Puppies help Fairbanks college students get through final exams

FAIRBANKS, Alaska (KTVF) As the semester comes to an end, students at the University of Alaska Fairbanks are taking finals. With finals comes stress. The university is using a new and unconventional method to help students combat this stress, therapy dogs.

Students at University of Alaska Fairbanks play with Athena, a dog brought to the university to help them deal with stress from finals week. (John Dougherty/KTVF)

"Students get really stressed out during finals week and bringing in animals… is just a really nice comfort thing for them, a good study break," said Karen Jensen the Library Director at UAF.

The university works with Companion, Inc. a nonprofit that brings therapy pets to people in need in Fairbanks.

"She is a sweet girl, she is a rescue, which is the best of the best. It is definitely good for students," photography student Tristan Woods said about the dog at the library.

Athena was brought to the library by a volunteer with Companions, Inc. She is a German Shepherd that was adopted from a local German Shepherd rescue here in Fairbanks.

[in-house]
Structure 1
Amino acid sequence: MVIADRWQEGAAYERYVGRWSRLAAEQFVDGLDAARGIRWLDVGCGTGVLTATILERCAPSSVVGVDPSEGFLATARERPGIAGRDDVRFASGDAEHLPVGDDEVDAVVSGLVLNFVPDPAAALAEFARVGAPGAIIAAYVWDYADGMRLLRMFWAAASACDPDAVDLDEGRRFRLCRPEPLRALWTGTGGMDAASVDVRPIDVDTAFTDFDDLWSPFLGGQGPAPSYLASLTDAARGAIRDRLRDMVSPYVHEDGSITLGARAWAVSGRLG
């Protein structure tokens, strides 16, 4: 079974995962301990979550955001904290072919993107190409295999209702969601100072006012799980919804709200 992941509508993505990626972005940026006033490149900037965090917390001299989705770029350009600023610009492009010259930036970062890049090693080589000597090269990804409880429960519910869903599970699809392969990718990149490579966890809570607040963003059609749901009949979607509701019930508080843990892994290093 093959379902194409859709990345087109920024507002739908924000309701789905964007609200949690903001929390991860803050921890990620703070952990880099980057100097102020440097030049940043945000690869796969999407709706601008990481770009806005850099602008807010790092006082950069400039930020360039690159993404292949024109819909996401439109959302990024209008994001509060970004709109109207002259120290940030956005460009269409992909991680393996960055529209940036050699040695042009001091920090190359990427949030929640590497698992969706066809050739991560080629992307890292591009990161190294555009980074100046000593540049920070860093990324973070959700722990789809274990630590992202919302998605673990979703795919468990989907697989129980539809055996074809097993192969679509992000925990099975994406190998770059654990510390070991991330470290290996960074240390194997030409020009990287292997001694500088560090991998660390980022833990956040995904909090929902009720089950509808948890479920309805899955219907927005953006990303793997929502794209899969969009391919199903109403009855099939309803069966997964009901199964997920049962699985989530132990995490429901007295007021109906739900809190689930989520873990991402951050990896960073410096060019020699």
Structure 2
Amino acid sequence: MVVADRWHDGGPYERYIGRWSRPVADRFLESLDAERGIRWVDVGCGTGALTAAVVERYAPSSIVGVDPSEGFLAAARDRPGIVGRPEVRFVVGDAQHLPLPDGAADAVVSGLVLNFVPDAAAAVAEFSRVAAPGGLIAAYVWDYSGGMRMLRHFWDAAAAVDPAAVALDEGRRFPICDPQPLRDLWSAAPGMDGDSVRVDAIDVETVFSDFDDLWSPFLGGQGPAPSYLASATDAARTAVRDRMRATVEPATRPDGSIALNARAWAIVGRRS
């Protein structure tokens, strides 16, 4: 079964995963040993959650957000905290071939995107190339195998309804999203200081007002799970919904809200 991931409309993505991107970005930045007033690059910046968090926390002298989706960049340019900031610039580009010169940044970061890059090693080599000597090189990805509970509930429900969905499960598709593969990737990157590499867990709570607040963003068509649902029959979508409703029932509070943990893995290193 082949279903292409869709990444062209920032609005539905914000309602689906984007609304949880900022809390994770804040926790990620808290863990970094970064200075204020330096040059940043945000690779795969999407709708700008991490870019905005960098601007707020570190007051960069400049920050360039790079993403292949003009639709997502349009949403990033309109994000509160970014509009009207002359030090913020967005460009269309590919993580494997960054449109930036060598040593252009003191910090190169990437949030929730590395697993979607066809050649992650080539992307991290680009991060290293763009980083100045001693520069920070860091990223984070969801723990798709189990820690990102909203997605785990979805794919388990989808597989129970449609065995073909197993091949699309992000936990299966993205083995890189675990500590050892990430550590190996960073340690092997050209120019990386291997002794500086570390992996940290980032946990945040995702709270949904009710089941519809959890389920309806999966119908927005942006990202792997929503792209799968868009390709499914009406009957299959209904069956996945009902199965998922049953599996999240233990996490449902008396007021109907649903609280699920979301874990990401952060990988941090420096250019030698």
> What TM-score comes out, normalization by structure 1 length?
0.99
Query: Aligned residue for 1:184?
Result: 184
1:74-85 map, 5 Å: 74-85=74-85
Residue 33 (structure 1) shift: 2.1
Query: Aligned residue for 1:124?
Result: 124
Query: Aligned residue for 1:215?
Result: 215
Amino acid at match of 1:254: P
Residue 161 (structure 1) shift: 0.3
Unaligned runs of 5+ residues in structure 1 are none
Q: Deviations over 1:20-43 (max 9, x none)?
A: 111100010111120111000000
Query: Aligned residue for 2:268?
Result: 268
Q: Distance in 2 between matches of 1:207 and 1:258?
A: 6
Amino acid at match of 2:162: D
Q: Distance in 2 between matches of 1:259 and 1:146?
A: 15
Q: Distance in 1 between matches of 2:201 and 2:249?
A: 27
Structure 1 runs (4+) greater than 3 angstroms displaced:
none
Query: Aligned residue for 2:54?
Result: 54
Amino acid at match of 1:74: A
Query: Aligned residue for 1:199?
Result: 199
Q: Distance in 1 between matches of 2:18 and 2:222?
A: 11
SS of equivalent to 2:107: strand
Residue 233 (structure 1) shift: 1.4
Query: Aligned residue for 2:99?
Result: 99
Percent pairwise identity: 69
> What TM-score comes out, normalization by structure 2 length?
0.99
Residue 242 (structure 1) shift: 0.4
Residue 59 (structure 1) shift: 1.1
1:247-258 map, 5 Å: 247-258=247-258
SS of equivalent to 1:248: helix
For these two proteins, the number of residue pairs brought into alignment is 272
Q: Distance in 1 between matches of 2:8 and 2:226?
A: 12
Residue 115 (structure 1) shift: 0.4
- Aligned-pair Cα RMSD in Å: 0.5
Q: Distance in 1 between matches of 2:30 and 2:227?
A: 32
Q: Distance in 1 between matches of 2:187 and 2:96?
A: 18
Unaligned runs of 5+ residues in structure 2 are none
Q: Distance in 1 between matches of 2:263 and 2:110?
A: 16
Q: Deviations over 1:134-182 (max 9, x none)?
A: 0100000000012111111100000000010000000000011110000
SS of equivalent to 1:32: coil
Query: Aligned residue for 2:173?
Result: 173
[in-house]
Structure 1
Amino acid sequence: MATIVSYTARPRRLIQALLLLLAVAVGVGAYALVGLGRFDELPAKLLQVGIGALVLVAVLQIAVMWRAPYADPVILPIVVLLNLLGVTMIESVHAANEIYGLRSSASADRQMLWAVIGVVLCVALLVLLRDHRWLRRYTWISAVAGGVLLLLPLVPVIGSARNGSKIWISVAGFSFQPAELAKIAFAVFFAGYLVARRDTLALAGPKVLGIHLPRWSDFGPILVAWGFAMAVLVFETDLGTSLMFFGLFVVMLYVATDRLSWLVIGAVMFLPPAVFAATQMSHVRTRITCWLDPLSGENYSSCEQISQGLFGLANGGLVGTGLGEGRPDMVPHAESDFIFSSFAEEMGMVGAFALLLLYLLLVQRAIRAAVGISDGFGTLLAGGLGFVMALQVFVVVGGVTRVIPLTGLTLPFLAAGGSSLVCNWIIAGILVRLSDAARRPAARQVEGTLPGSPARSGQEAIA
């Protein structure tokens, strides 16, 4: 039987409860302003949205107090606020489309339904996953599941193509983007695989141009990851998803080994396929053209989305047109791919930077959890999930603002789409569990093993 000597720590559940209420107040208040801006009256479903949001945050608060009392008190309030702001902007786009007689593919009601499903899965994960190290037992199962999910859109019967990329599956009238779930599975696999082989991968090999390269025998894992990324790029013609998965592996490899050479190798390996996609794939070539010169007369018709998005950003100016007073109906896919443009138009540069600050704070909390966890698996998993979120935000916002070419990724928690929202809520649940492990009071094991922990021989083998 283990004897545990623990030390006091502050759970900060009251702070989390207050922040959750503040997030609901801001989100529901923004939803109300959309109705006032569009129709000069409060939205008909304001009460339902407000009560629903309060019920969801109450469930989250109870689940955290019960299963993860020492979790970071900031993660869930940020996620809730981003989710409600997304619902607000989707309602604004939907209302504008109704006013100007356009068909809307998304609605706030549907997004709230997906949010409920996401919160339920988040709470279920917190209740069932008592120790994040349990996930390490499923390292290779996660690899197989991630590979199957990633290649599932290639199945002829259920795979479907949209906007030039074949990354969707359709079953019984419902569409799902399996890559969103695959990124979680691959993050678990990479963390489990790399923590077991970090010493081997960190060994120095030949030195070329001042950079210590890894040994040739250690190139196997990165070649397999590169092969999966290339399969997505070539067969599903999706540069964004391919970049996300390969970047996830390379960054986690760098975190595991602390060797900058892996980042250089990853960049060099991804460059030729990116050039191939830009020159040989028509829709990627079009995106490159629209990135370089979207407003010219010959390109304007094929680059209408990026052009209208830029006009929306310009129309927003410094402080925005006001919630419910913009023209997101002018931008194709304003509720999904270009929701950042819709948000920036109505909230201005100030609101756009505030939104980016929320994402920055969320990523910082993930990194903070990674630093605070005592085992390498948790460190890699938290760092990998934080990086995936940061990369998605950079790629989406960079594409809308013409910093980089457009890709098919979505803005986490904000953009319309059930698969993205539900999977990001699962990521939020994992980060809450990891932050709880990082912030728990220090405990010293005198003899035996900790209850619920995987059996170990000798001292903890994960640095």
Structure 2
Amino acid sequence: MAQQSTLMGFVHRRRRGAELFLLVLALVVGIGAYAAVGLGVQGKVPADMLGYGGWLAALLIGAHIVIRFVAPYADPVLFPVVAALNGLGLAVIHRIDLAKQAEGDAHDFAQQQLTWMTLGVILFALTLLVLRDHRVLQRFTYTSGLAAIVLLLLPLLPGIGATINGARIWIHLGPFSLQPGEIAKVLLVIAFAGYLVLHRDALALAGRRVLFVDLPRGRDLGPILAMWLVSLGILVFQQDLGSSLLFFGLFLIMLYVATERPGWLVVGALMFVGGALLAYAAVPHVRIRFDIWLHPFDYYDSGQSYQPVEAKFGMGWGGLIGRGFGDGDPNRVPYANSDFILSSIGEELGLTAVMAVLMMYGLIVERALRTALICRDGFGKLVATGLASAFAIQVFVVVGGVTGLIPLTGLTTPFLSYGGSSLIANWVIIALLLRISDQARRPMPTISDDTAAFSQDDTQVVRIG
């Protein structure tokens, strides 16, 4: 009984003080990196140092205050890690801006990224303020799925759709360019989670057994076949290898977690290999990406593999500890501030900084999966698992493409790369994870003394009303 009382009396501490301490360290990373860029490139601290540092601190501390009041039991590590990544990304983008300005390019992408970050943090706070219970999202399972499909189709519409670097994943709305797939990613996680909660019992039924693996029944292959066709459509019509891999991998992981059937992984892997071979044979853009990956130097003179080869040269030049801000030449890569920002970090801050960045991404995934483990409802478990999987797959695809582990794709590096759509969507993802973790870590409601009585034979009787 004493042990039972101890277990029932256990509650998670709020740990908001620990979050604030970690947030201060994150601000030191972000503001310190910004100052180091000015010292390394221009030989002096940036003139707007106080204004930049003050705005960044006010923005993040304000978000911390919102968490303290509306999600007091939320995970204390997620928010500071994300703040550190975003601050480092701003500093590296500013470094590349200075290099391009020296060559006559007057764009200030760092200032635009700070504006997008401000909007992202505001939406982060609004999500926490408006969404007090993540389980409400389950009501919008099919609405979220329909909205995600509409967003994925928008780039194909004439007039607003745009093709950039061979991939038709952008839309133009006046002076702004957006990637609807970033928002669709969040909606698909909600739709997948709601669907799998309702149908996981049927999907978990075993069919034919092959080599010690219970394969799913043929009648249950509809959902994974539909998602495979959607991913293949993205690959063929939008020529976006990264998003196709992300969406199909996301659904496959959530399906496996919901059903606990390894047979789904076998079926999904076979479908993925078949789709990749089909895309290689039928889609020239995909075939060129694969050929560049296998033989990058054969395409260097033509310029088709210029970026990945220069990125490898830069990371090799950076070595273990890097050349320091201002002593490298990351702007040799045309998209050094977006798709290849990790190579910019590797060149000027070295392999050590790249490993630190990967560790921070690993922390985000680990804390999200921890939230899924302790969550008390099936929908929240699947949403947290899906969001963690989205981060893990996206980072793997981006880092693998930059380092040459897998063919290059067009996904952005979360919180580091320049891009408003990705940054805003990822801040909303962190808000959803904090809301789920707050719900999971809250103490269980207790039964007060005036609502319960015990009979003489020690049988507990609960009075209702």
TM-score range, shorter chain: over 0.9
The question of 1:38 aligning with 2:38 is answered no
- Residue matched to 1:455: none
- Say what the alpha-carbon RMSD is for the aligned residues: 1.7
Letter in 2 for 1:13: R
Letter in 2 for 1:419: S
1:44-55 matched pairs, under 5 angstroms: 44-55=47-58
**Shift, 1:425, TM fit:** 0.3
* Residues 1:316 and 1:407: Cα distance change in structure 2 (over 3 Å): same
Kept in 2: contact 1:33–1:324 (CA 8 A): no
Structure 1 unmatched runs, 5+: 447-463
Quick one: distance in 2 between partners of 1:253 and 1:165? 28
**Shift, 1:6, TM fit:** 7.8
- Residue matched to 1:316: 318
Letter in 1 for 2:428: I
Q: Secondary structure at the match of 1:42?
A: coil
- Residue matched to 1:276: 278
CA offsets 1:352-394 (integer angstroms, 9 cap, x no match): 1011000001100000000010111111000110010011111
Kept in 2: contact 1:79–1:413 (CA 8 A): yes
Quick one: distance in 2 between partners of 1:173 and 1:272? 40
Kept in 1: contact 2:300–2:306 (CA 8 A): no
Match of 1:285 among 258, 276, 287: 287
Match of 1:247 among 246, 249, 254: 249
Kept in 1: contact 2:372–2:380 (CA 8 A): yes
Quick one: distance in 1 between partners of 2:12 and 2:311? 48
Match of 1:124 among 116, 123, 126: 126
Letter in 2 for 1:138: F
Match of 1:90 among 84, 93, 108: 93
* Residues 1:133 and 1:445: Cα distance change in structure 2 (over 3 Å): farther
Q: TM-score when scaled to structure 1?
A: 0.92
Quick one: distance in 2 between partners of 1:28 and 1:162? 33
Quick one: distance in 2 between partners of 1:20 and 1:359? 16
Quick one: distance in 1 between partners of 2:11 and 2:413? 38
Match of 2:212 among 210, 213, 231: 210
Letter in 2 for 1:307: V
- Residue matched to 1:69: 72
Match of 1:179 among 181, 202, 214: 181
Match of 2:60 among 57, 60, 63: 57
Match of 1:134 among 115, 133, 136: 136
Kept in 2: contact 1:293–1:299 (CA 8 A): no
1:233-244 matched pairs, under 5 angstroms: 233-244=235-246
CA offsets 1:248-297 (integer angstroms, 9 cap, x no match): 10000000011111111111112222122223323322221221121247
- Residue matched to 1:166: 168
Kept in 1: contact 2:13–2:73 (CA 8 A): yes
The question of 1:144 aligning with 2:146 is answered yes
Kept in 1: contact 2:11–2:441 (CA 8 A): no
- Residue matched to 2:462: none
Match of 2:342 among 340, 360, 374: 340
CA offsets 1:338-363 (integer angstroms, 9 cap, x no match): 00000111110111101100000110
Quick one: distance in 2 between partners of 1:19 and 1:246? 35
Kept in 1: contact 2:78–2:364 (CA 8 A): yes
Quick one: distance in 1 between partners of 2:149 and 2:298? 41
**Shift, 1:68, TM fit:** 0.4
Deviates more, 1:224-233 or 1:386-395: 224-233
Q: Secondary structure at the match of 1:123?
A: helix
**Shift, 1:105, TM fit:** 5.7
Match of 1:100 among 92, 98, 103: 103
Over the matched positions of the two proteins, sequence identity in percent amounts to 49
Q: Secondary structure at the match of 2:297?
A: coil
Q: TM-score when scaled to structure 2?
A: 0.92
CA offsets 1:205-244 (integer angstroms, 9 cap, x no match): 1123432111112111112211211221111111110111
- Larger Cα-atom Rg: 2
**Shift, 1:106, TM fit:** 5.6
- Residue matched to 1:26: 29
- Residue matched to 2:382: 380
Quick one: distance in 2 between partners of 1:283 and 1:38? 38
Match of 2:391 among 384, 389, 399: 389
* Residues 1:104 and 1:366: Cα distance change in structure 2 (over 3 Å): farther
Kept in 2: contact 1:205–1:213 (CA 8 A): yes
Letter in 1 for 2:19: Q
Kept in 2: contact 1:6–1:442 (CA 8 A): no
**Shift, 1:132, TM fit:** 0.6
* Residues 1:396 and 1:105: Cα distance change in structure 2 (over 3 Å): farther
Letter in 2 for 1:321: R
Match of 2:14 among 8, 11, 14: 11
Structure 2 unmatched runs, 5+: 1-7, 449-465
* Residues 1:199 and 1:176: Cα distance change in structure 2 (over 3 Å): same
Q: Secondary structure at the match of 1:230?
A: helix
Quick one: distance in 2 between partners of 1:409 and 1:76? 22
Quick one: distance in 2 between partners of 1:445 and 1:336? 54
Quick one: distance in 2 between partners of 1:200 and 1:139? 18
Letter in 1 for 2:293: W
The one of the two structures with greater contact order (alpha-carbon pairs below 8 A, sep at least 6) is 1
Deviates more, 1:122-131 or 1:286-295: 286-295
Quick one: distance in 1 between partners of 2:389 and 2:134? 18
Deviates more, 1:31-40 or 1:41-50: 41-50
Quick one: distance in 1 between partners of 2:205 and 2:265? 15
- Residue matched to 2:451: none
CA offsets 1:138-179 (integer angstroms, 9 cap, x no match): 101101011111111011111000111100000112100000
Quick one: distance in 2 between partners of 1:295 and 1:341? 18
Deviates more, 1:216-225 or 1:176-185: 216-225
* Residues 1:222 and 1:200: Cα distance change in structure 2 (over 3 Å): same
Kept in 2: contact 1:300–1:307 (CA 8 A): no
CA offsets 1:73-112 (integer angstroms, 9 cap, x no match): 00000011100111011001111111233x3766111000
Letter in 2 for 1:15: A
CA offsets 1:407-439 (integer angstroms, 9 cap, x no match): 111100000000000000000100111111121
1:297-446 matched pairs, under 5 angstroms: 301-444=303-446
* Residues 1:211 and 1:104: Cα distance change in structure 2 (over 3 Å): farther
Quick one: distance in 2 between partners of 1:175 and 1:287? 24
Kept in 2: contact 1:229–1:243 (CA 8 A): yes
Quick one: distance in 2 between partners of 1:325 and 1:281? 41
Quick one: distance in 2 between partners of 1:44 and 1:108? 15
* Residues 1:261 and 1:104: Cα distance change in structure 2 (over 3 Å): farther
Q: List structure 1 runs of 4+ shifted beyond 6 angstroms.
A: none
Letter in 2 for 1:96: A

"Definitely helps relieves stress. Helps take my mind off stuff," Wood said.

He said that as soon as he sat down, all he thought about was Athena and not his finals that were less than an hour away.

A study from the Harvard Medical School backs up Wood, saying that having dogs at work can help relieve stress. The paper published to the Harvard Health Blog says, that since the 1980's, there have been studies supporting the idea that dogs and other pets help lower blood pressure, improve recovery from heart disease and improve people’s psychological well-being and self-esteem.

Jensen says the four year old program has been a success.

"Students love it. We get a lot of feedback both on Facebook and then in person, a lot of people just coming in and commenting on it. It is probably the most popular outreach thing we do, even though we are a library, but people are studying here so they will come down for a break," Jensen said.

These breaks will help students prepare for the final grind of the semester.

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